Hollingsworth: Success is in the details
I once was a 5-foot-9 shooting guard playing travel ball in small, hot gyms across the country. I clearly remember parents in the bleachers yelling, the unique AAU team names and the concession booths selling hotdogs and Red Vines. Walking into the gyms, I would look up in the stands to see all the college coaches decked out in their school gear of crisp polos and cool T-shirts. Trying so hard not to let my nerves make me turn ball over on a 3-on-0 fast break, it was difficult to keep my composure with the pressure of the game, making me sweat through my jersey.
I quickly learned it's the little details that matter the most. Never hung my head, always gave high-five to my teammates and cheered loud while sitting on the bench. Fast-forward 10 years later, and I'm now the one in the bleachers wearing a bright red polo having players trying to impress me.
It was new experience for me to sit with the other college coaches and watch games during the recent fall evaluation period. After the meet and greet of a smile, hug, or head nod, it was time to catch up with old friends, former teammates or coaches and establish new contacts. As I spent the day evaluating players, I was constantly entertained by the athleticism and explosion that comes with youth -- the sweet baby jump shots, tight handles or sticky defense. I'm truly amazed by the way the game has evolved with players running fast as Usain Bolt and jumping high like Nate Robinson.
For a moment, I flash back to my good, old AAU days wishing someone had pulled me aside and spit some words of wisdom my way to better prepare me for this first round of the recruiting process.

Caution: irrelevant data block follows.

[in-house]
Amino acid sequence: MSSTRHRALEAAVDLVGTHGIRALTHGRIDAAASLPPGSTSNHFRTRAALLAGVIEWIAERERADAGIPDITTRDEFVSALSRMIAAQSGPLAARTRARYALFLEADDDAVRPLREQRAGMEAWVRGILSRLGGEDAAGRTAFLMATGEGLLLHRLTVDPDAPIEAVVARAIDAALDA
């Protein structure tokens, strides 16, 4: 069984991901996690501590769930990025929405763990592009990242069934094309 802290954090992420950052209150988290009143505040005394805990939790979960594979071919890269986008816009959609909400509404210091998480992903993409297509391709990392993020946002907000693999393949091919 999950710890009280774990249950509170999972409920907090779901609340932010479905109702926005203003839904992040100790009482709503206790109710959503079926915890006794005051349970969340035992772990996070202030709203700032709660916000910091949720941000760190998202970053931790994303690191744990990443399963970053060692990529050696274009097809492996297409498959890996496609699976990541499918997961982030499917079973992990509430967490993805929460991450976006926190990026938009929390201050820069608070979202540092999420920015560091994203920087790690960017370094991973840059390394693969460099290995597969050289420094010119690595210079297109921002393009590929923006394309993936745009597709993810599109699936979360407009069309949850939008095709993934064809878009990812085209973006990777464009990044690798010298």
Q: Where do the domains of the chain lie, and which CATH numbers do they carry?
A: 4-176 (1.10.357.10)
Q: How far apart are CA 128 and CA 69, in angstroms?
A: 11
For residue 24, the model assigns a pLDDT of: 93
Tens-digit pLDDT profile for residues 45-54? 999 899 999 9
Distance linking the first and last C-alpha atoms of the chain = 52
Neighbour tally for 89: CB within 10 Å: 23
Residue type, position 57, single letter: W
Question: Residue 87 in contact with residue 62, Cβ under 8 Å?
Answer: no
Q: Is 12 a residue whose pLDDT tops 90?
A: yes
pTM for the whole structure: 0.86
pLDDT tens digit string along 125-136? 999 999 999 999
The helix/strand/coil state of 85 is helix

Student first, athlete second. Get your grades on point. You can be the best razzle-dazzle point guard or a dominant post player dunking, but if you don't have the grades, you will never set foot on the court. Play smart and invest the same amount of effort in the classroom as you invest in the gym.
Play the game because you LOVE it. Don't play because your mom and dad dragged you on a three-hour road trip to the middle of nowhere to fulfill their lost dreams. Play basketball because you get chills up your spine for an assist or a burst of contagious energy on an And1 tape. Coaches can tell if you're a true "baller."
College coaches look at more than just you on the court. We watch how you treat your parents. Are you the one yelling at Mom for buying the wrong Gatorade, or telling Dad to shut up in the stands? We watch the body language on the bench. Are you slouching, pouting, frowning or standing up and high-fiving your teammate when they sub out? Basketball is just a piece of the recruiting process. We're always watching.
A-plus for Attitude. Get your attitude in check. Leave that trash-talking-potty-mouth-throwing-the-ball-hard-at-the-refs-slouching-in-your-seat-player at home. We don't have time for knuckleheads.
Run back on defense. One of the easiest ways a coach can tell if you have a case of laziness is by the way you run back on defense. Are you walking, jogging or sprinting your butt back? Please don't be the player who walks back on defense as your player scores a fast-break layup. Embarrassing.
In the end, just play, don't think. I can tell you all the tricks and trades of performing well, but if you if you're thinking too much, it will mess you up. If you only remember one thing, just remember to have FUN.
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Joy Hollingsworth is a first-year assistant women's basketball coach at Seattle University. A native of Seattle, Wash., she was a standout guard at Seattle Preparatory High School, earned WCC Freshman of the Year and honorable mention freshman All-American at the University of San Francisco and was a two-year starter and honorable mention All-Pac-10 at Arizona. Hollingsworth played professionally in Greece and earned an M.Ed. from the University of Washington. She can be reached at firstname.lastname@example.org.
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